As we go deeper into the digital age, with technological innovations awaiting us around every corner, we are confronted with an uncomfortable question: are we truly as advanced as we think? It depends on how we define “advanced.” If we point to achievements like the metaverse, then yes, of course we are. If, however, we mean that we have created a society in which everyone is included and valued, then we may be falling short.
Consider the situation for neurodivergent people, whose brains function differently. Individuals with ADHD, autism, and dyscalculia, among others, still struggle to find their place in a society that does not always make room for them. It is an issue that Dr. Maureen Dunne has dedicated her life to solving through the intersection of education, neurodiversity, and the future of work.
Dr. Dunne is the CEO of Autism Community Ventures, a Public Benefit Corporation, with a global network of strategic partners and a mission to drive social, economic, and financial inclusion for neurodivergent people. The organization is focused on supporting the success of students, jobseekers, entrepreneurs, and employees, as well as helping businesses discover, hire, and retain neurodivergent professionals.
Dr. Dunne is also an experienced inclusion trainer and regularly works with organizations, schools, and companies to develop processes and embrace an organizational culture that will best support neurodiversity inclusion. What she often finds is that there are misconceptions about the abilities of neurodivergent people.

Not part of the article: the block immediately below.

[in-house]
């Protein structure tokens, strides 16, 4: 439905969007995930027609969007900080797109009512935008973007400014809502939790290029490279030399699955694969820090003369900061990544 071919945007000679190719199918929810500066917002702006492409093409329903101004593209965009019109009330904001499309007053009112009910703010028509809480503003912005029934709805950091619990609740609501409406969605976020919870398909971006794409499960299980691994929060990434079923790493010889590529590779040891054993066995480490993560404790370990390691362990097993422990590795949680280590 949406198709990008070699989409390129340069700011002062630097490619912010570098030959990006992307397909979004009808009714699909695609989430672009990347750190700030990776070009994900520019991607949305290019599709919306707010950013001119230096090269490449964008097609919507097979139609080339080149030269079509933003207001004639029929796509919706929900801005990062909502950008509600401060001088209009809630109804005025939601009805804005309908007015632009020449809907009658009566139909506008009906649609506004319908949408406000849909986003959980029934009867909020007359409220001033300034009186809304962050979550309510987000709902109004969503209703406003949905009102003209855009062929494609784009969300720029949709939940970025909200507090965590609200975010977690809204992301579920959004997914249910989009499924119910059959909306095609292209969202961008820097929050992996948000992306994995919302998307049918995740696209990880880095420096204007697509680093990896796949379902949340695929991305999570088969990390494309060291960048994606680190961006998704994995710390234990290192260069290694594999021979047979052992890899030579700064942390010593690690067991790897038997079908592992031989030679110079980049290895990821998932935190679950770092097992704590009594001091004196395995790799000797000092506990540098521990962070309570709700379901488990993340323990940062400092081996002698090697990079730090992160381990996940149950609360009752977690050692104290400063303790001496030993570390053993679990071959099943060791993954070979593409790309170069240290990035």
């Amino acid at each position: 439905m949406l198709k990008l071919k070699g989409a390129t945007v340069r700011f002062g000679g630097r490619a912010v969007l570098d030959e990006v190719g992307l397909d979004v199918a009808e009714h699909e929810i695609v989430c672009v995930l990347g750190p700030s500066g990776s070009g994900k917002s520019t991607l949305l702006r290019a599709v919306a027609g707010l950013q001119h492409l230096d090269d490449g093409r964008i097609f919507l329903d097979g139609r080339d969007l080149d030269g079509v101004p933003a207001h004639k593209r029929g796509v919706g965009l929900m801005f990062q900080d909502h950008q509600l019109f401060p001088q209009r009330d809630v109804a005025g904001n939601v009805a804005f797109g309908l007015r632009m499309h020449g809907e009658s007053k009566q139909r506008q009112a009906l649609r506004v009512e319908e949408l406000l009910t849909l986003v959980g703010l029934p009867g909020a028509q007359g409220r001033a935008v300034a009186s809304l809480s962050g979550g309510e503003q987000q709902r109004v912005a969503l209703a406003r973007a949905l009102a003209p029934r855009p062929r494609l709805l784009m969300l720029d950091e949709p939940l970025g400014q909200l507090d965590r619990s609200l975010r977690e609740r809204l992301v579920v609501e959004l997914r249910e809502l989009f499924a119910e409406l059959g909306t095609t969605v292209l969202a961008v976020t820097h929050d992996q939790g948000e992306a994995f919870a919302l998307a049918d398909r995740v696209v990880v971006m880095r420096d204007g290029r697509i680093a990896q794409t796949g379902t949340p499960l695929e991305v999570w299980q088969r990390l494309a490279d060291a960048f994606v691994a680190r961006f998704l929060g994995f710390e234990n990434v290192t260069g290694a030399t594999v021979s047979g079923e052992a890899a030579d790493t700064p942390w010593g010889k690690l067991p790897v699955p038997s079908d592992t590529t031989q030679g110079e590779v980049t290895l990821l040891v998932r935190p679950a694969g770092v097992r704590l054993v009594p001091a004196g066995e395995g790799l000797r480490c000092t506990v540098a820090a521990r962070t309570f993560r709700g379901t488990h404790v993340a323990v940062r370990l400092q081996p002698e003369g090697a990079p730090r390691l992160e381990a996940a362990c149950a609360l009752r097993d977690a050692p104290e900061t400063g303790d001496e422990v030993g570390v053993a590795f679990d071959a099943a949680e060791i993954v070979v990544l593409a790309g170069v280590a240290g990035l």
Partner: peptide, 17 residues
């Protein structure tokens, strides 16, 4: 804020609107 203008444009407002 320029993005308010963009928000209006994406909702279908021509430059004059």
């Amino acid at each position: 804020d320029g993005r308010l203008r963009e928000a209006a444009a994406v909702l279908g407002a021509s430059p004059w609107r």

She is using her expertise to promote authentic inclusion and meaningful opportunities for neurodivergent children and adults. She recently introduced important, original concepts such as “Neurodiversification” and the importance of “auditing unconscious neurodiversity biases” with practical tips for organizations as a Keynote Speaker at the recent Stanford Neurodiversity Summit and as a Lead Speaker at The Atlantic Festival, where Neurodiversity was included as part of their DEI segment for the first time in history.
According to Dr. Dunne, “Neurodivergent people are both profoundly underestimated and underserved by our society. While progress has been made in recognizing unique talents and abilities, I am convinced that we must do more to create pathways to maximize potential at school and at work. This can happen through training, upskilling, mentorship, and job placement opportunities. It is imperative that neurodivergent people are authentically included within our education system and business economy. When this occurs, we all benefit.”
While Dr. Dunne believes the educational system in general can empower neurodivergent individuals, she is especially passionate about the role of community colleges. As the President of the Illinois Community College Trustees Association (ICCTA), which serves over 700,000 students and has provided community college and legislative advocacy for 50+ years, she has seen students with ADHD and other conditions excel in the classroom. Dr. Dunne would like to see more programs for these students in community colleges across the United States.